A fellow 101 fan, Sergei from Russia, and a group sporting Metrostars' jerseys—New York’s original MLS team—restored some pride, indicating that some supporters at least are tuned into happenings on the pitch. Sergei mentions a high proportion of their songs are sung in Spanish representing the diverse support the Red Bulls enjoy.
The 101 fans aside supporters struggle to mention names of players at their own club. The names of Landon Donovan, Freddy Adu, Clint Dempsey, and David Beckham are thrown around, none of whom play for New York and only two of whom still play in the MLS. Most have grown up playing the sport, have been exposed to it by ESPN, and just want to belong to a club.
When the game kicked off, whatever atmosphere in the ground seemed drowned out by the sheer size of the stadium, as supporters in section 101 stood, sang, and cheered from start to finish.
Not being the worst team in MLS history aside, there wasn’t much to cheer about amid the wayward finishing, poor control, and balls being lumped forward that would make Bolton look like Barcelona. At least there was a goal for those who paid the admission fee, which goes a small way towards renting the stadium.
The cost of having an extravagant stadium that is never sold out is roughly $200,000 a game for the Red Bulls. They have made a loss every year since their inception, and plan to move into the $200 million Red Bull Arena next year.
Last year, Forbes announced that three MLS clubs were profitable (LA Galaxy, Dallas, and Toronto) and that once teams moved to soccer-specific stadiums, they will become profitable because of sponsorship deals, non football events, and food and drink sales.
Although operating at a loss, the current MLS teams are not going to go the same way as the North American Soccer League teams. Erratic spending led to the collapse of the league in 1984. The New York Cosmos bought in Pelé, Johan Neeskens, and Franz Beckenbauer.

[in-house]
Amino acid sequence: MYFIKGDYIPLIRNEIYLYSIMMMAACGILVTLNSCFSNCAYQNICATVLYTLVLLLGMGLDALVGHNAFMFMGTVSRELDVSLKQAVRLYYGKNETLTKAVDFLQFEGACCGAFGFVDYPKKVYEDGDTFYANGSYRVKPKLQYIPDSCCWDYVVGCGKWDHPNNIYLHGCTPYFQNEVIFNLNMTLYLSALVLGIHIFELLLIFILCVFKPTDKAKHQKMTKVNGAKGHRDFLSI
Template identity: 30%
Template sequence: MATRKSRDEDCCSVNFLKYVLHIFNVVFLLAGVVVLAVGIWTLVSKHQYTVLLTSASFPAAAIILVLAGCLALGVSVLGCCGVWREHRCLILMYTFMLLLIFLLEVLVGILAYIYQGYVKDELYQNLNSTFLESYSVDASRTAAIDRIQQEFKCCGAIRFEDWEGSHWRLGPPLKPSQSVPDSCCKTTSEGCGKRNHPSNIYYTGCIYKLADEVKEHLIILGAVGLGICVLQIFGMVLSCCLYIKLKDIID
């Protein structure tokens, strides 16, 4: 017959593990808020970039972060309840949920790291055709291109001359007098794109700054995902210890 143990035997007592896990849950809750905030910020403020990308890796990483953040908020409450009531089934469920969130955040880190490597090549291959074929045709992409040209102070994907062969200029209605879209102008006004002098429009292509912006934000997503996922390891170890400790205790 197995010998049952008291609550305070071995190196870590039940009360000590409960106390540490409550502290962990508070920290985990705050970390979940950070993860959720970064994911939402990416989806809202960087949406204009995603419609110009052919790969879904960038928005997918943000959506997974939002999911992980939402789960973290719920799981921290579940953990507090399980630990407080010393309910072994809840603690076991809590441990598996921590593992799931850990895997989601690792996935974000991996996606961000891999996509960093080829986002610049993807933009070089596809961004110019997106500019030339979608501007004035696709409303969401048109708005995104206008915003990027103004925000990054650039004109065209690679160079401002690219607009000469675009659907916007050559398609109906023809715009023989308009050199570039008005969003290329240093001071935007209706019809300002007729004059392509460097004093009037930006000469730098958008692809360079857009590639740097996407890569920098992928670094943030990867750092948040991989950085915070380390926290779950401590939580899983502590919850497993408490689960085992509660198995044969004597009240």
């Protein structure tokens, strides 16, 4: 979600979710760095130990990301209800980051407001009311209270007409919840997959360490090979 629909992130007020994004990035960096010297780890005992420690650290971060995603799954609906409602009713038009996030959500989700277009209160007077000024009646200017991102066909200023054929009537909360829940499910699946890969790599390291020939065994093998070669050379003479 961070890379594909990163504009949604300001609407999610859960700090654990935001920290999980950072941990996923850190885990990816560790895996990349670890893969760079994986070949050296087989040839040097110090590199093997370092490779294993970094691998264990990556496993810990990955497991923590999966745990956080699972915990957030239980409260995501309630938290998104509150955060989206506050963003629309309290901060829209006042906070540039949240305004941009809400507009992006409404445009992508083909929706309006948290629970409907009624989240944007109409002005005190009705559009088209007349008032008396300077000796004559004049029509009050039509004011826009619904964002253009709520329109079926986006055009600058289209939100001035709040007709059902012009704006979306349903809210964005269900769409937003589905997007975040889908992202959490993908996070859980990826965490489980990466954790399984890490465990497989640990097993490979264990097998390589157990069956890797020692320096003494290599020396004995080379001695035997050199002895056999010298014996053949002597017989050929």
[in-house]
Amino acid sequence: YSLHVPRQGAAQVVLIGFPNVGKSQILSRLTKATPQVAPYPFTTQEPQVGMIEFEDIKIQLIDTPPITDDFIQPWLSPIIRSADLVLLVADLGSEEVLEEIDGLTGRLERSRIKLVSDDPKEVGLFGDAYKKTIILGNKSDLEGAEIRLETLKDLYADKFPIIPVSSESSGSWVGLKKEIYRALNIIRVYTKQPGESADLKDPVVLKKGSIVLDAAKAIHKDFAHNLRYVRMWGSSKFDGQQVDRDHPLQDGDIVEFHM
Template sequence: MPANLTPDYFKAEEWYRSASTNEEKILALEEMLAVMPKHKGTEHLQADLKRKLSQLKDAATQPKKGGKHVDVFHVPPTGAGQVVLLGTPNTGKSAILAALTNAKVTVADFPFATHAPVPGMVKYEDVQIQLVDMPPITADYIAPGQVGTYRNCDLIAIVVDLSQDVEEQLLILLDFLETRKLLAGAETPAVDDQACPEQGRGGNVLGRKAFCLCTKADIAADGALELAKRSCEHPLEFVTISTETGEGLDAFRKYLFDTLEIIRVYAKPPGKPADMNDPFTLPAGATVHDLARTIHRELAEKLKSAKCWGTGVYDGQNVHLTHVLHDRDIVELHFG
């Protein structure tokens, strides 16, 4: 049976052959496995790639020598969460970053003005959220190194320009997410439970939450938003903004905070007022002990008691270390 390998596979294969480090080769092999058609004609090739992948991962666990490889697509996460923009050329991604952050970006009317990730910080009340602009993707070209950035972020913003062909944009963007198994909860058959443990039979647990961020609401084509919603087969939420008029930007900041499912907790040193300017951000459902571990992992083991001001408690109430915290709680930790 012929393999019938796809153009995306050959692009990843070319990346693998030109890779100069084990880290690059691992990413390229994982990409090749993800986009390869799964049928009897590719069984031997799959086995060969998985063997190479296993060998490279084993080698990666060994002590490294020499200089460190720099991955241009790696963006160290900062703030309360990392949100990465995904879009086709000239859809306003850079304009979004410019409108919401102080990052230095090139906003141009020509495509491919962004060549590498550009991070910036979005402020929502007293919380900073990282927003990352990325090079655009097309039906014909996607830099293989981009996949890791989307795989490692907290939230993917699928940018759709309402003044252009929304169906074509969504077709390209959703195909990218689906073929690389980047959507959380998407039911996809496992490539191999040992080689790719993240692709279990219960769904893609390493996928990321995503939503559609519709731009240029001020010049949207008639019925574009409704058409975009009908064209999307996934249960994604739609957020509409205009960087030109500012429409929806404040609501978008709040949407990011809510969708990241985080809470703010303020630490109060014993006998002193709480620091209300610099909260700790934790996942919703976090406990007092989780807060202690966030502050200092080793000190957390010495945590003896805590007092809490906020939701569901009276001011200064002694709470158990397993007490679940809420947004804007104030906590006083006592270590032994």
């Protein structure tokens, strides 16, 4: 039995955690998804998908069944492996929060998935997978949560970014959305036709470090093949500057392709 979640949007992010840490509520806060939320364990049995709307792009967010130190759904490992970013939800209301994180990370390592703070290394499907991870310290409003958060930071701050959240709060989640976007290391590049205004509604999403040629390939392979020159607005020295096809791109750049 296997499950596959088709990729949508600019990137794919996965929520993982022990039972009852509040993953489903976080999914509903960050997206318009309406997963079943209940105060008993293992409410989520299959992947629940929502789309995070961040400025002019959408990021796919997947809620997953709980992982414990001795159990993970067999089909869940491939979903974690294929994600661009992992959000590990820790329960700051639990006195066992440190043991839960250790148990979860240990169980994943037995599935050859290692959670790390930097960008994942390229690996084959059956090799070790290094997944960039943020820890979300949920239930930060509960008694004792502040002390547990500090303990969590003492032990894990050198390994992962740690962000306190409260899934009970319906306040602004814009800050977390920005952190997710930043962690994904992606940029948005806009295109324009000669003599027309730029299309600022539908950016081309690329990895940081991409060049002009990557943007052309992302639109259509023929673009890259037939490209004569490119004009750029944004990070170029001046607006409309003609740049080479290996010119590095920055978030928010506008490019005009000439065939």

Then, when teams who couldn’t match the Cosmos' attendances or afford to buy power spent money on the likes of Johan Cruyff, Eusébio, Big Sam Allardyce, and Bruce Grobbelaar, the league collapsed.
On the pitch so far this year, New York Red Bulls' performances mirrored their finances off it. A run of 13 games without a win saw former Manchester City coach under Kevin Keegan, Juan Carlos Osorio, leave the club.
In came Richie Williams who, thanks to a scuffed Dane Richards goal, recorded his second win of his tenure, and in doing so, reached the all important 16-point mark.
At the postmatch press conference, Williams seemed slightly embarrassed when congratulated on not having the worst record in MLS history.
“Are we past that mark now? It's good, it's good, thank you. Of course, you don't want to be remembered as the worst team in MLS history,” said Williams.
The Cup final last week brought the prospect of a bigger spectacle. And with the buildup likened to that of an Arsenal vs. Manchester United game, maybe first impressions are misleading and maybe there is still hope for football in this country.
*article also appeared at www.Teamtalk.com